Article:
60 - 90 Minutes
2 - 5 Days
Canthopexy or tarsorrhaphy is generally used to raise the corners of the eyelids when people consider their eyes to be too rounded. When the lower eyelid is too lax, canthopexy can also be used for tightening it. After this surgery you will forget about that sad expression on your face and you will get brighten up your look.
Many techniques can be used when a canthopexy is performed. The surgeon must choose which technique will be best for each particular case. All the techniques are similar to the one described below. In the first step the surgeon will have to make an incision of about 0.4 inches (1 cm) long on the upper eyelid, following the line of the horizontal folds that form naturally in that area. Doing it this way, the folds will conceal the resulting scar. The canthopexy can also be performed together with a blepharoplasty, in this case, the same incision is used for both procedures.
After that, the surgeon will reach the canthal tendon, the one that holds the edge of the lower eyelid. He will tighten and fix it to the membrane that covers the orbital rim (periosteum). Finally the surgeon will suture the incision.
It may happen that the edge of the lower eyelid has too much excess skin, in that case, the surgeon will have to cut a small portion of skin near the corner of the eye, remove it and join the remaining ends in order to tighten it even more.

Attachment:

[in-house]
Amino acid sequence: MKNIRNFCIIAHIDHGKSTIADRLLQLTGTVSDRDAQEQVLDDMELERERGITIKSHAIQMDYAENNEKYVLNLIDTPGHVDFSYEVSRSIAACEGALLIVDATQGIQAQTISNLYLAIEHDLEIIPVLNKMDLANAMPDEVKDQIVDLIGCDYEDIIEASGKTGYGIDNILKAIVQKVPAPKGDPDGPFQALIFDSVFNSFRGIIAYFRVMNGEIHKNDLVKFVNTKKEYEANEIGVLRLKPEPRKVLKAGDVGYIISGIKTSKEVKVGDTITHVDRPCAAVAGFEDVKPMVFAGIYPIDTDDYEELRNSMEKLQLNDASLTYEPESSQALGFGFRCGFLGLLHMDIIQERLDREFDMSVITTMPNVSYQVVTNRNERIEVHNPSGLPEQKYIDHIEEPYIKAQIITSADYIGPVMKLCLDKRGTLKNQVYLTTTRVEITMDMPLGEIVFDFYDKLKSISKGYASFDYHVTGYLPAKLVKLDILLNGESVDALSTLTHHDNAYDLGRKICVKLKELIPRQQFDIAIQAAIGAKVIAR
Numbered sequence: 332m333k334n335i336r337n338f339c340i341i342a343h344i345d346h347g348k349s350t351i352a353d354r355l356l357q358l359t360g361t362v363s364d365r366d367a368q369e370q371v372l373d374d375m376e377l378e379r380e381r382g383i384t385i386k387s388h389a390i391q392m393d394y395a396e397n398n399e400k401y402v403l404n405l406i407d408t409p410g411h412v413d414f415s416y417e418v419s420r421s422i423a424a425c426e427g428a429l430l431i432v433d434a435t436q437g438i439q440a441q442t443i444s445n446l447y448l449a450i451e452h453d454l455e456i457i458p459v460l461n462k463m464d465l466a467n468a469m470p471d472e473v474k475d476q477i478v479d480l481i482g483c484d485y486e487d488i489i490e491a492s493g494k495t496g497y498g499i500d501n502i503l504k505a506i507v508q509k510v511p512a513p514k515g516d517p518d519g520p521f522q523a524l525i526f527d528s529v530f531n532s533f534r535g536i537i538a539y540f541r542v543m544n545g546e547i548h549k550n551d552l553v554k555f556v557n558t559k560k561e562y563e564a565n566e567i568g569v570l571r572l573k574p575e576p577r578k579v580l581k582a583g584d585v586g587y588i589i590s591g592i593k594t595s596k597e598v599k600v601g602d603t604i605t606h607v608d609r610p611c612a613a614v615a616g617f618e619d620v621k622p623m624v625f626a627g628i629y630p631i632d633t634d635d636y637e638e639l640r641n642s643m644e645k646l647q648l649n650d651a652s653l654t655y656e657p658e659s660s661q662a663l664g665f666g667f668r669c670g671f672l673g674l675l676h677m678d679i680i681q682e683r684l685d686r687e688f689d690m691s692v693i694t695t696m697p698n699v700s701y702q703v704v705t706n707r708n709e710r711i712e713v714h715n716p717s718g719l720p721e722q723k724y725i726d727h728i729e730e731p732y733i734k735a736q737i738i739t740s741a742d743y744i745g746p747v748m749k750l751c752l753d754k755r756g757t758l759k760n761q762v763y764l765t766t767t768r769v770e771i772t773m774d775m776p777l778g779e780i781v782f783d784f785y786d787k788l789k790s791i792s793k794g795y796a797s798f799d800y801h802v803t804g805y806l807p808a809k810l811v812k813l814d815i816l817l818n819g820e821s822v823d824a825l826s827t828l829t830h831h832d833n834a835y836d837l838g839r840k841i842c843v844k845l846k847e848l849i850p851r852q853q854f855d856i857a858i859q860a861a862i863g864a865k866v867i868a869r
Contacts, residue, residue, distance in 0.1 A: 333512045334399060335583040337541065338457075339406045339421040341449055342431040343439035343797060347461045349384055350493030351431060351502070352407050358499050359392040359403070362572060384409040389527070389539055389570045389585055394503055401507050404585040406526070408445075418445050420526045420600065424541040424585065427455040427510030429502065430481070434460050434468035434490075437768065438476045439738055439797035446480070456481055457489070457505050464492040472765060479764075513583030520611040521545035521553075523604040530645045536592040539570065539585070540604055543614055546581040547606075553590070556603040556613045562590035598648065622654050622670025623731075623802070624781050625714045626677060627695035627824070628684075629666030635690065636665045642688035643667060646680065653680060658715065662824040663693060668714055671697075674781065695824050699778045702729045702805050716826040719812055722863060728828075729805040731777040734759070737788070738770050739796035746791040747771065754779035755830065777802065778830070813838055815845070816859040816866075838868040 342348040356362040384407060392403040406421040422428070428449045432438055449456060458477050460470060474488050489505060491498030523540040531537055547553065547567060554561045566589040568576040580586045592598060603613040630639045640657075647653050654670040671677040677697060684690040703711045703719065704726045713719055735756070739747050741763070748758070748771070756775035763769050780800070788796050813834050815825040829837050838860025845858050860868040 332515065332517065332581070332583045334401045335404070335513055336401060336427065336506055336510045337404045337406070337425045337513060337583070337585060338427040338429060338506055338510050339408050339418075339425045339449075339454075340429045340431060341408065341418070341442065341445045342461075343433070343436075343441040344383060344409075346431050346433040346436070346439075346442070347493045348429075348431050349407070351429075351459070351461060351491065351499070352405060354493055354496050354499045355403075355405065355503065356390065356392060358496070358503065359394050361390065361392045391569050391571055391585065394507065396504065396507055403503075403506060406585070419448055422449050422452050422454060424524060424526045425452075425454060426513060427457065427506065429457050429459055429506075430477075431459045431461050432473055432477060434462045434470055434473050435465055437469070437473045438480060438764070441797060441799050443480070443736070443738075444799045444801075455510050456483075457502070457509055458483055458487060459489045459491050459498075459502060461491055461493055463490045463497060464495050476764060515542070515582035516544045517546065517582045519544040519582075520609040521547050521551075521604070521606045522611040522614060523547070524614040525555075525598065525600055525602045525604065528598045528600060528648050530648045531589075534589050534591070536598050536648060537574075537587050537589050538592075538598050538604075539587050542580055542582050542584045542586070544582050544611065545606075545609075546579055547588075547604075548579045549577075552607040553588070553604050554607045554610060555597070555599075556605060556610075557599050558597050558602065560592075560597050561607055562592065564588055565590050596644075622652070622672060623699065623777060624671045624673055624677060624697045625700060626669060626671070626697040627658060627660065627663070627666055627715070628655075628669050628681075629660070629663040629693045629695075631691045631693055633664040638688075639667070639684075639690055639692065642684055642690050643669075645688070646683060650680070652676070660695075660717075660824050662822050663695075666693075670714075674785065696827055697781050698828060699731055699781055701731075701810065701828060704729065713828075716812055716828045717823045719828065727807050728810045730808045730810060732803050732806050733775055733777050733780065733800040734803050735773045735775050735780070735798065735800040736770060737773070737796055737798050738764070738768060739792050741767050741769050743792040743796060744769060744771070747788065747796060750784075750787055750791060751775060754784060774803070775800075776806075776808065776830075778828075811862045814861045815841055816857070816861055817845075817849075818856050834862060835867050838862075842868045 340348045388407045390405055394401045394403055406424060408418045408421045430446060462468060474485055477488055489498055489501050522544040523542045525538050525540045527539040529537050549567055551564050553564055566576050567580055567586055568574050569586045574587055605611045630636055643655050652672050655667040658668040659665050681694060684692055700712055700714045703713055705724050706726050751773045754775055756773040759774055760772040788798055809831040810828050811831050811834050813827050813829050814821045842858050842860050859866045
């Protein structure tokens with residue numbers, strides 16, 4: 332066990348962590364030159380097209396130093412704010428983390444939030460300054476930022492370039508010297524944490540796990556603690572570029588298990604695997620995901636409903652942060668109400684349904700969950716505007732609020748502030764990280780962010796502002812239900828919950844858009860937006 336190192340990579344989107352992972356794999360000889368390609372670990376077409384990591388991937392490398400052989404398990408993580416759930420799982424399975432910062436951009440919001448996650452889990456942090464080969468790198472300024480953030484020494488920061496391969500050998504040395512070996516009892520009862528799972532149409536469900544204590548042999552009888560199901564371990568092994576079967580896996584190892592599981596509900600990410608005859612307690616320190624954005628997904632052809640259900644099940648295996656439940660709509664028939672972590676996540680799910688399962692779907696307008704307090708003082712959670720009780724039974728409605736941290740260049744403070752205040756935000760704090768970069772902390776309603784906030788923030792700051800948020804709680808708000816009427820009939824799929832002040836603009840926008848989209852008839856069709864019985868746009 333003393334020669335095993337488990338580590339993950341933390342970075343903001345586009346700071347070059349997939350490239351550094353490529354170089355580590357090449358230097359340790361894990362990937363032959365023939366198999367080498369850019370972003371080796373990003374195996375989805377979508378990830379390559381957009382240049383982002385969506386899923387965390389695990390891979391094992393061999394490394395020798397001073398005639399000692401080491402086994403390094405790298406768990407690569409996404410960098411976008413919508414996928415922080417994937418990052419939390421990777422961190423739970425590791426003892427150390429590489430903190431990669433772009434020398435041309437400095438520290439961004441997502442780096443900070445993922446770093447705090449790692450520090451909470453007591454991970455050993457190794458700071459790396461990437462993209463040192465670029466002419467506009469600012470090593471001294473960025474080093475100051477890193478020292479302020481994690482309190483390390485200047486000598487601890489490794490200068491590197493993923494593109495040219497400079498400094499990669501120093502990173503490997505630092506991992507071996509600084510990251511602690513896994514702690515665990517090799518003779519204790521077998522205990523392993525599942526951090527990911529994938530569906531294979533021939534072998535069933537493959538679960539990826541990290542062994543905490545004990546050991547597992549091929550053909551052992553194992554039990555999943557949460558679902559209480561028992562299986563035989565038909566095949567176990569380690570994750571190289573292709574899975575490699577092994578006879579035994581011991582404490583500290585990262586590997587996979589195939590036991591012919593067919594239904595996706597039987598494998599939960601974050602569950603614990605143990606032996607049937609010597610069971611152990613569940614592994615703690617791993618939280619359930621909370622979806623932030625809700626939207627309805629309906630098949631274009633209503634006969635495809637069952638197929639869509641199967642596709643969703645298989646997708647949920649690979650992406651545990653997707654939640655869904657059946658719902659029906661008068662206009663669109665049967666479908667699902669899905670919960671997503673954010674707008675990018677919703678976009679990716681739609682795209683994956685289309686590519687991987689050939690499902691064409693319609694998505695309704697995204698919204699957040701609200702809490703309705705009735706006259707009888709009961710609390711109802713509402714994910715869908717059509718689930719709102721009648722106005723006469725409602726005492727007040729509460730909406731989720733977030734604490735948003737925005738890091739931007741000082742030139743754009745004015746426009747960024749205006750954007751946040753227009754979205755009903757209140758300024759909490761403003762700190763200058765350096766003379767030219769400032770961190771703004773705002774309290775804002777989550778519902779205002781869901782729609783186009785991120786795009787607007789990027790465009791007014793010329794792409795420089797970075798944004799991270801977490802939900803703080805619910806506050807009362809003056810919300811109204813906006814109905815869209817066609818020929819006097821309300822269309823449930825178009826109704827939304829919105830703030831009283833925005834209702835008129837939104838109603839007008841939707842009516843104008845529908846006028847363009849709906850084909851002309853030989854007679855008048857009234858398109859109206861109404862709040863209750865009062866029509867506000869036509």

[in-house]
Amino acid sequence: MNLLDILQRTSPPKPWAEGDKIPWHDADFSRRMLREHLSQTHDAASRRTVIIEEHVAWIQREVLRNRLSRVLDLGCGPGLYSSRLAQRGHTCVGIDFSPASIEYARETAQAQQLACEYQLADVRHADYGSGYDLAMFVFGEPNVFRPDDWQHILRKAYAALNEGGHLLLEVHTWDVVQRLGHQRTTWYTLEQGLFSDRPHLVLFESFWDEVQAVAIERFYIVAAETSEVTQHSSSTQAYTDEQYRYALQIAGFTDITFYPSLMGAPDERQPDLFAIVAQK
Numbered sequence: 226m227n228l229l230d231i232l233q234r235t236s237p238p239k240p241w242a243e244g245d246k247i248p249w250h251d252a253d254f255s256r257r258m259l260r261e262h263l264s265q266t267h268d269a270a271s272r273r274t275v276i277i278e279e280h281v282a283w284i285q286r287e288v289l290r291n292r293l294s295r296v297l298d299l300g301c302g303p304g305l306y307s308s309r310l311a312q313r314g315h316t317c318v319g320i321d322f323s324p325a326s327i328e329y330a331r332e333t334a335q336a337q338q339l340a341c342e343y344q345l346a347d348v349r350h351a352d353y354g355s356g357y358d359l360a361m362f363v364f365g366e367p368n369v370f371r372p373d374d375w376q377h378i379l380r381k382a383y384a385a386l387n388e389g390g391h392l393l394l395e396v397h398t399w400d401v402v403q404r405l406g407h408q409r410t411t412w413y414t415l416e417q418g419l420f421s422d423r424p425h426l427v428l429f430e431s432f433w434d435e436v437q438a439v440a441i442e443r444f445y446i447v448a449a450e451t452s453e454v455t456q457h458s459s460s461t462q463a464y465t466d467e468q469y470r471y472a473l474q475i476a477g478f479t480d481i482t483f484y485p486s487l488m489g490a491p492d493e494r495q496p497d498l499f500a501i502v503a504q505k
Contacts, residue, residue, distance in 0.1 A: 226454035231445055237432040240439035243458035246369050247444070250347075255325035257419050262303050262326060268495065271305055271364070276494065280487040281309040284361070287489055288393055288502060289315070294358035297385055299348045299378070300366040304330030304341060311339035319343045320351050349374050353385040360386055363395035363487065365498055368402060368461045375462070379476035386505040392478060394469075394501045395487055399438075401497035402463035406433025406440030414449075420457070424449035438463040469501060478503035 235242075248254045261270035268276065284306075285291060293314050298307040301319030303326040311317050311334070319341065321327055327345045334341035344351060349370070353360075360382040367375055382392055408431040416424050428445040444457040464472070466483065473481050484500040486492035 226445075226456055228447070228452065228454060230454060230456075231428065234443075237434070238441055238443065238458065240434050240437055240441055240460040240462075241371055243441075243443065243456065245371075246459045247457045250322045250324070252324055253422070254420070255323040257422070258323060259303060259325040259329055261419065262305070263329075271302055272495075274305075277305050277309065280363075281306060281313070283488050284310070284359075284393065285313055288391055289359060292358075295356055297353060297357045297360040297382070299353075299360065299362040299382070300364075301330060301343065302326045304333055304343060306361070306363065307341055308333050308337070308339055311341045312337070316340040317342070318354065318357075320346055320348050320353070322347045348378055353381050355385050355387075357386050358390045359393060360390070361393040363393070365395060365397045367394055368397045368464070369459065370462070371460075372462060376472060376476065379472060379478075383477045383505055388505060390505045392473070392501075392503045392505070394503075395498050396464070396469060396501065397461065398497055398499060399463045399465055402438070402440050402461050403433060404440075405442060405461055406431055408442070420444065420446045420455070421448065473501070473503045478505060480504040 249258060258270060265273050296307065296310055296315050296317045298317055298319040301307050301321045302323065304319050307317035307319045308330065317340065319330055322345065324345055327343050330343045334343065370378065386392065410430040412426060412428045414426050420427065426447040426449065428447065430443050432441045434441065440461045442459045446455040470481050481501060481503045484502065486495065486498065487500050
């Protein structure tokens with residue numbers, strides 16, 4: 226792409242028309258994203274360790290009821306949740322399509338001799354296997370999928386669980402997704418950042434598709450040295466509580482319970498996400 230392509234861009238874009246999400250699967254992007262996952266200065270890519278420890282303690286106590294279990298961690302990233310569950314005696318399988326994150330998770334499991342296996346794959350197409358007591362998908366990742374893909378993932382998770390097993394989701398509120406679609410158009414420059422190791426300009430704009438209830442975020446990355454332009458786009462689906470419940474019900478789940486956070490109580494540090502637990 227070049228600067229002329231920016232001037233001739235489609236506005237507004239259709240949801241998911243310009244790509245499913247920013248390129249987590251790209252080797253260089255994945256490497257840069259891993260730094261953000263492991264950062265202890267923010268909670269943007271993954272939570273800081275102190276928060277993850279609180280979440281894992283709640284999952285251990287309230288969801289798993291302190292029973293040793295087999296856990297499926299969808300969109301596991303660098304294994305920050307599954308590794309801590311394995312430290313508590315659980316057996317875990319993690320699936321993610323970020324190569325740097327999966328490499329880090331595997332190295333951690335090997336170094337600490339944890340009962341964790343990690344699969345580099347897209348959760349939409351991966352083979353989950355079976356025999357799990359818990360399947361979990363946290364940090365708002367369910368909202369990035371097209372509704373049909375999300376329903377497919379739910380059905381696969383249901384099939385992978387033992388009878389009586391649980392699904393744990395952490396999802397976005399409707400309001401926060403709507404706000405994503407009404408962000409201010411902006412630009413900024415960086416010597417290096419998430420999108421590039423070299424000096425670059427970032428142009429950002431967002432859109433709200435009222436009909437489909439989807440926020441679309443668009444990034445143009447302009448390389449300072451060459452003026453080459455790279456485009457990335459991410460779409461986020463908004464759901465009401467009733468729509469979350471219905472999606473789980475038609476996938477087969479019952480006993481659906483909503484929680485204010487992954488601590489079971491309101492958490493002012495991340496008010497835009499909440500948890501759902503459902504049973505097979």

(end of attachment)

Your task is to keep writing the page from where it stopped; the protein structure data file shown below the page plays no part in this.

Canthopexy scars will heal very quickly and after a few months they may become almost invisible. In just two or six weeks, the results of the tarsorrhaphy on your look will be evident. Your look will be more stylized, permanently.
The practice of medicine and surgery is not an exact science. Although this operation doesn't have practically any type of side-effects some of the risks and potential complications that can occur are infection, fluid accumulation, changes in skin sensation, skin discoloration and/or swelling, etc.
It raises the external corners of the eyes when they are sagging and eliminates the tired and sad appearance of the look.
It tightens lax lower eyelids (hypotonic).
It models rounded eyes.
It prevents the 'bulging eye' effect that may develop after a blepharoplasty of the lower eyelids in patients that suffer from myopia.
Corrects the asymmetry produced by a facial paralysis.
It can be an ideal complement of blepharoplasty, the same incisions can be used for refreshing and rejuvenating the look.
You can not expect from canthopexy to reduce crow's feet.